Saturday, April 24, 2010

Try Again

One night last week, my 7 year old boy and I climbed into bed for our nightly ritual of story time. For some reason, he chose an old book of nursery rhymes that we hadn't read in years. "Daddy, Read this one!", my son said pointing to a short little poem titled “Try Again”, by an unknown author. After reading it, I thought to myself, "This sounds kind of familiar!" And after my son went to bed, I meditated on these words a little more. It made me think about “perseverance” and what it really mean to persevere? Is perseverance something that we do, or is persevering more about something that we are? Something that comes from within?

“’Tis a lesson you should heed,
Try again;
If at first you don’t succeed,
Try again;
Then your courage should appear,
For if you will persevere,
You will conquer, never fear;
Try again.
If you find your task is hard
Try again;
Time will bring you your reward
Try again;
All that other folk can do,
Why, with patience, may not you?
Only keep this rule in view,
Try again.”

In the book of James, it says that “the testing of our faith develops perseverance. Perseverance must finish its work so that you may be mature and complete, not lacking anything.” (James 1:4) I think that as we mature in our faith, through perseverance, we learn. We grow. Things that once seemed obscure become clear. We find success, and despite our circumstances, we realize that there is really nothing more we need.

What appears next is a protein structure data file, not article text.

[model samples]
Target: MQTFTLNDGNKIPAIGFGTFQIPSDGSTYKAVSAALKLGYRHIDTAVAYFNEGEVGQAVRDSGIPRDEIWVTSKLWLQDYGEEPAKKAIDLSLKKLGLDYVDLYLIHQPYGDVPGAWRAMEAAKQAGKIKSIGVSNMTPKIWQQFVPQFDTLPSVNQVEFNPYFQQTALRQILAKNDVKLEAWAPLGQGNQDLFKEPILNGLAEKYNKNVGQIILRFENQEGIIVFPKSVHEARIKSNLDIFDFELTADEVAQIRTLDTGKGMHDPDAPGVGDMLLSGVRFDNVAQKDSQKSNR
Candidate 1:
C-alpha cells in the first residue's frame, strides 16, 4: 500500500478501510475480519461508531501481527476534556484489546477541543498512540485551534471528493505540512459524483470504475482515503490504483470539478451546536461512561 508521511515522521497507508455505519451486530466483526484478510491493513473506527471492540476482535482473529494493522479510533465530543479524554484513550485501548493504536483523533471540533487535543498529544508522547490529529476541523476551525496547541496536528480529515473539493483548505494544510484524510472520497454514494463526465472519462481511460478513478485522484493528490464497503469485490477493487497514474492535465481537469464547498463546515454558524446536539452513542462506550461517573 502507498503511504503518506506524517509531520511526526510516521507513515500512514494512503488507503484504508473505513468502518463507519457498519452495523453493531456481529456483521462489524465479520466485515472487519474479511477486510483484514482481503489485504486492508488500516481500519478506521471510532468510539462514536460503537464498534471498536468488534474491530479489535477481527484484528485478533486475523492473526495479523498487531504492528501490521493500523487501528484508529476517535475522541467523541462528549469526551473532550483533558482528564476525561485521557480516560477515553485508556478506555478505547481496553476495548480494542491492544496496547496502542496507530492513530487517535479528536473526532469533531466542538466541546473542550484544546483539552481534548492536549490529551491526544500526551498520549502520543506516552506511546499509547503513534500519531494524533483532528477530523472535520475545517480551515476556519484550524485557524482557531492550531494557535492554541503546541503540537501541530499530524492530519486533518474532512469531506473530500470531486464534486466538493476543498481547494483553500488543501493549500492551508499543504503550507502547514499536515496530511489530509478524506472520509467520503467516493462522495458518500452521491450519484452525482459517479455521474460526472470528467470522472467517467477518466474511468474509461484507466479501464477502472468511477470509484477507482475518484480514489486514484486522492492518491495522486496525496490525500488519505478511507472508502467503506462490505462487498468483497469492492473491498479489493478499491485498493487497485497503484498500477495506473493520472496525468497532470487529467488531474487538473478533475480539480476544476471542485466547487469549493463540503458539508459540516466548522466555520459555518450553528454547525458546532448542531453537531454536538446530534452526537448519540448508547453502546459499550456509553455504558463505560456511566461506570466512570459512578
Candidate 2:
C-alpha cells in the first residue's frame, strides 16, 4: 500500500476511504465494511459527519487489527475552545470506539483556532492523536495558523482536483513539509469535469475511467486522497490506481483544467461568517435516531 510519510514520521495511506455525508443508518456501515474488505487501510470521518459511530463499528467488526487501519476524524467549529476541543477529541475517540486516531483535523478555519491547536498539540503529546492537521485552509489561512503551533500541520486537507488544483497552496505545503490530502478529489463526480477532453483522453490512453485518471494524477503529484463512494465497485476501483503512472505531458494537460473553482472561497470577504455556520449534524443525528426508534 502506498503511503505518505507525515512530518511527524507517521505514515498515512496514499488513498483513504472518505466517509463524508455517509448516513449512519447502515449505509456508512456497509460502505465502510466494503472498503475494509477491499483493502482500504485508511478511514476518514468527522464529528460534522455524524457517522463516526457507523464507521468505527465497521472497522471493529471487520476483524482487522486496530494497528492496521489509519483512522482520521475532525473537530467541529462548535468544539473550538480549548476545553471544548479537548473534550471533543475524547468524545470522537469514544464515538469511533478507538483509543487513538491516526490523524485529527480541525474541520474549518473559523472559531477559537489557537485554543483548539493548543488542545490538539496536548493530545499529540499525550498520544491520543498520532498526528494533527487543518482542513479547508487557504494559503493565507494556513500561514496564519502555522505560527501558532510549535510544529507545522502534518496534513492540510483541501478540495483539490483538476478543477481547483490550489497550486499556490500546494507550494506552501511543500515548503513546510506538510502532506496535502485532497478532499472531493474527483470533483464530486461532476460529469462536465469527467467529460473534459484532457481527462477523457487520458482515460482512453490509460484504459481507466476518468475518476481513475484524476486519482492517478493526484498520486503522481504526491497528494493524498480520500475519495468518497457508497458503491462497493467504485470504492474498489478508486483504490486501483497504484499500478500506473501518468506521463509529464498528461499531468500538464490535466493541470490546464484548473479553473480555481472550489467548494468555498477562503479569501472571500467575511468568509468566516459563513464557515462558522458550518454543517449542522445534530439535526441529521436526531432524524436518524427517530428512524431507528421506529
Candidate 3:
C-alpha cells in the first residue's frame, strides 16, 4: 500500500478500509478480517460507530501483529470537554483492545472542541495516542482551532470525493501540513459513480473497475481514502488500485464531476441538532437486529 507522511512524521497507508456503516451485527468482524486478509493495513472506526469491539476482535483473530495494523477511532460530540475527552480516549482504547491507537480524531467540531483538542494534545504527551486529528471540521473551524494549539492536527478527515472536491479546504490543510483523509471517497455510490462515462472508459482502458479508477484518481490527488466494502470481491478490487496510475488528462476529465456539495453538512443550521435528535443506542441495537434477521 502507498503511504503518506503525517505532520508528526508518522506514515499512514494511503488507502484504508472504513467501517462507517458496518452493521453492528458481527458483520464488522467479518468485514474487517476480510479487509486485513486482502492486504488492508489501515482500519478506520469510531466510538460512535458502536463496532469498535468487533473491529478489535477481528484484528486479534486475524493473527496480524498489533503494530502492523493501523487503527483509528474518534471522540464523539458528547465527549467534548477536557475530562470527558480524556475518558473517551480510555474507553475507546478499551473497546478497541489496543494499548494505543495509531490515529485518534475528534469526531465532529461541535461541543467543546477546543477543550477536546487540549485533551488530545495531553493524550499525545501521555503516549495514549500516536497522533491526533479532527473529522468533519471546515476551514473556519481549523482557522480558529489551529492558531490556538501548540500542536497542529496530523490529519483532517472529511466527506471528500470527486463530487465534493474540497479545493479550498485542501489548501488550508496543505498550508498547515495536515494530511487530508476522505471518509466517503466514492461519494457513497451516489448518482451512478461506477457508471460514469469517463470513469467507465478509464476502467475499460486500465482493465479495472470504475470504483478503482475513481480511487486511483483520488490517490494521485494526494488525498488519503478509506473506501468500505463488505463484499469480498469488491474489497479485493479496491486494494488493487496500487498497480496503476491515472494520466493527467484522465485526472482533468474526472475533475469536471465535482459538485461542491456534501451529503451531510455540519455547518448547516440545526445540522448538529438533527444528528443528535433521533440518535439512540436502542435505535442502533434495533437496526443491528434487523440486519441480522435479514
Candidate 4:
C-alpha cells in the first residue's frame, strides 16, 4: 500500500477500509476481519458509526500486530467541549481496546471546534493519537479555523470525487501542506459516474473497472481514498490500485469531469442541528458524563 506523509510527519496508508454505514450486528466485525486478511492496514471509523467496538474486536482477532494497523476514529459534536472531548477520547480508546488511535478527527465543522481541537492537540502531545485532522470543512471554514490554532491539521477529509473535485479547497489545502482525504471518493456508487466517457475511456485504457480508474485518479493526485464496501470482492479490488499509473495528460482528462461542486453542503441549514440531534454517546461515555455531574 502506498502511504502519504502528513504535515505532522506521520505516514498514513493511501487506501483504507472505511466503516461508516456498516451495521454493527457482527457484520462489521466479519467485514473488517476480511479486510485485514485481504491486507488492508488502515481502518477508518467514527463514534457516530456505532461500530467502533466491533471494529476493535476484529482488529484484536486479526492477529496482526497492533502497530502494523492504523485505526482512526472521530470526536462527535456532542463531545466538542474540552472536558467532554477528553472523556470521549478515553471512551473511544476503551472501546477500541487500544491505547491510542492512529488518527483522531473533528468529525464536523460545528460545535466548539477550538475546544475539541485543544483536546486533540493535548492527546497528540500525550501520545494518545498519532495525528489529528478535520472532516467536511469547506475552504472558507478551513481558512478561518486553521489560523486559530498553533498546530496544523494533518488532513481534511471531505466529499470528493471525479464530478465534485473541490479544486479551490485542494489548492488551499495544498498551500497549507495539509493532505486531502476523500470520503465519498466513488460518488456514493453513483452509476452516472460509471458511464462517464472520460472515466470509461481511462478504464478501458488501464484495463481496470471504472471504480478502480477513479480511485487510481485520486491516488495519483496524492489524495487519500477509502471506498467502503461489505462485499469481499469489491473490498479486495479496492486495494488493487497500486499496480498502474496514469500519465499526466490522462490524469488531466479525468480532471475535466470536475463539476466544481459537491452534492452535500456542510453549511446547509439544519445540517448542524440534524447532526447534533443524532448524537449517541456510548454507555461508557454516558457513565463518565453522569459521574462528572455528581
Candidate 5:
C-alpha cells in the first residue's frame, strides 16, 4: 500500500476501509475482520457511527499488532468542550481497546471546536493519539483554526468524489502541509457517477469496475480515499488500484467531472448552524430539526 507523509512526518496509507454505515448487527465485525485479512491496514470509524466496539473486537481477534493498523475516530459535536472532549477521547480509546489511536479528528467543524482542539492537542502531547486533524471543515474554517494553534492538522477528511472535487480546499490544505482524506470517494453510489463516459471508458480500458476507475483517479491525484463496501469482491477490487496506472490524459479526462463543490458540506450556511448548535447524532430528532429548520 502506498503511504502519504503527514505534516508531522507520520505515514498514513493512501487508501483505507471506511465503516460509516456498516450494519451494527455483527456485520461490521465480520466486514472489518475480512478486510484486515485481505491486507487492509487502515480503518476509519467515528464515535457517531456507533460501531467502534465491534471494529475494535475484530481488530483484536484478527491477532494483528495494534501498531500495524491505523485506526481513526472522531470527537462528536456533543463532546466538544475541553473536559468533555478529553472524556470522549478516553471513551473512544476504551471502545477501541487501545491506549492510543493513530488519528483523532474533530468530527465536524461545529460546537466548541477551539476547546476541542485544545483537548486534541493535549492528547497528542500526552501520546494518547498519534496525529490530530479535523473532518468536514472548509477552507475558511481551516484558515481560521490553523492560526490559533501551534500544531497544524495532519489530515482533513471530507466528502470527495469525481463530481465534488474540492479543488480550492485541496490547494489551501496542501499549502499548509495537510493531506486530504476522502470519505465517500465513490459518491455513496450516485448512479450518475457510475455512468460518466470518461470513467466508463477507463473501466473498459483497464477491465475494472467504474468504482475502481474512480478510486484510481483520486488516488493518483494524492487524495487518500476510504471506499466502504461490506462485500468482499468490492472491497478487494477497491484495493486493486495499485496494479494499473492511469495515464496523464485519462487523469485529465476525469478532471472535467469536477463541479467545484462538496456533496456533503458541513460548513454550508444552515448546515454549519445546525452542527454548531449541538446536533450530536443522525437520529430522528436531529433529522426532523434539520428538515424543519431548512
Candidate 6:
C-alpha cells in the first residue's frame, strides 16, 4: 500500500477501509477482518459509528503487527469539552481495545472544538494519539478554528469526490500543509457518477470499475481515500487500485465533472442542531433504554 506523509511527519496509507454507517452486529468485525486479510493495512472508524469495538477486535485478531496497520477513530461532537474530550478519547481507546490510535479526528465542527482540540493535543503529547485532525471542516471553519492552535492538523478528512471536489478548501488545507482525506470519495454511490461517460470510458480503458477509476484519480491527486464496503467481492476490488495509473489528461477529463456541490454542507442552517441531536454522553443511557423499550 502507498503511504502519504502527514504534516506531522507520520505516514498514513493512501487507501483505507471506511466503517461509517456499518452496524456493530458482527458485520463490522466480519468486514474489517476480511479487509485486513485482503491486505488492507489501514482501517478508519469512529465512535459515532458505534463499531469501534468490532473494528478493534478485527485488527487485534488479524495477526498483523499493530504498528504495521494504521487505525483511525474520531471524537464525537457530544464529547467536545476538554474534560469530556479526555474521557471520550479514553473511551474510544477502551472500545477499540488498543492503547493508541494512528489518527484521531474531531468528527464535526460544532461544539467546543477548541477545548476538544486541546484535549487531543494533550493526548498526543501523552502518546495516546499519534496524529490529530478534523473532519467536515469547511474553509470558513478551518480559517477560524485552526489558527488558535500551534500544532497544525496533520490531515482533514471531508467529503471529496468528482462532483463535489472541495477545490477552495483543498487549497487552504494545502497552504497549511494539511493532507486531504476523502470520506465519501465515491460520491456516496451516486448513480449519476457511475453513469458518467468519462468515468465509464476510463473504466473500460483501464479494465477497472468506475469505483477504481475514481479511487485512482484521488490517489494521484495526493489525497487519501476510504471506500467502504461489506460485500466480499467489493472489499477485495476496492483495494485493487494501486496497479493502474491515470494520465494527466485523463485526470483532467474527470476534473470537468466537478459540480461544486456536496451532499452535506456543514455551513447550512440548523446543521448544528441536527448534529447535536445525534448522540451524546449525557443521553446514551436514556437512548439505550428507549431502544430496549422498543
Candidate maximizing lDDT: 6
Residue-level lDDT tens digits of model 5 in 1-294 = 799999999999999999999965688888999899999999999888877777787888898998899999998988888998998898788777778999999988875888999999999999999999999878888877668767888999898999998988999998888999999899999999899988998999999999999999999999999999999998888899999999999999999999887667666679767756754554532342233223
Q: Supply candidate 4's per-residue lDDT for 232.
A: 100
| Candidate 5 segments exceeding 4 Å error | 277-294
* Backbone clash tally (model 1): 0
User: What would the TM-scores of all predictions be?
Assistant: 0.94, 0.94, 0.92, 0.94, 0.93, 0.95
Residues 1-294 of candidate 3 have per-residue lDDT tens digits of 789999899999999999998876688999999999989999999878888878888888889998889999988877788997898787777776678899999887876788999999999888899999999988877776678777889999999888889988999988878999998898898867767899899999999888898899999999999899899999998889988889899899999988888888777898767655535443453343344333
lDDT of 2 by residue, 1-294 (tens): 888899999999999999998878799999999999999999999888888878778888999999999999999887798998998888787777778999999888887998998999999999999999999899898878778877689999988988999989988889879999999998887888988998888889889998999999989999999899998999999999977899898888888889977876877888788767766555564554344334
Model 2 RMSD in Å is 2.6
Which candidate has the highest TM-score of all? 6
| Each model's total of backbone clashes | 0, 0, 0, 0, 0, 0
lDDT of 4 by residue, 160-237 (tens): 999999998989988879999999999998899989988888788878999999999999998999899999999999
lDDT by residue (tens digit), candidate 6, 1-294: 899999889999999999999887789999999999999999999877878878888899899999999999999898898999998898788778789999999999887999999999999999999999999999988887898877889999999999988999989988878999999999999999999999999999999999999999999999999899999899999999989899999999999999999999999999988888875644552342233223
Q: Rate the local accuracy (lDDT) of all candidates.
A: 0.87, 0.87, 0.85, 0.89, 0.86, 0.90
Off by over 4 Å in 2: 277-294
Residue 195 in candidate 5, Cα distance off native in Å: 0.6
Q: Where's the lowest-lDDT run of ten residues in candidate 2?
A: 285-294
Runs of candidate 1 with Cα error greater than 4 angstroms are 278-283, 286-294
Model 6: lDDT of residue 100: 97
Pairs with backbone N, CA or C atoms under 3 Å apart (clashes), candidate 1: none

Courage. What does it mean to be courageous, especially in today's culture? Life can still be a little scary, can't it? At times, down right terrifying. But we are to "rejoice in our sufferings, because we know suffering produces perseverance”? (Romans 5:3). How does a person rejoice when diagnosed with terminal cancer? How does a parent rejoice when their child is abducted? I guess we can be certain that our fears will be conquered because “in all things we are more than conquerors through him who loved us.” (Romans 8:37). Easier said than done, huh?

Like the forming of a pearl, sometimes life requires the passing of time before we see the rewards that life offers us. “Blessed is the man who perseveres under trial.” (James 1:12) Later, James reaffirms this promise when he says, "As you know, we consider blessed those who have persevered.” (James 5:11)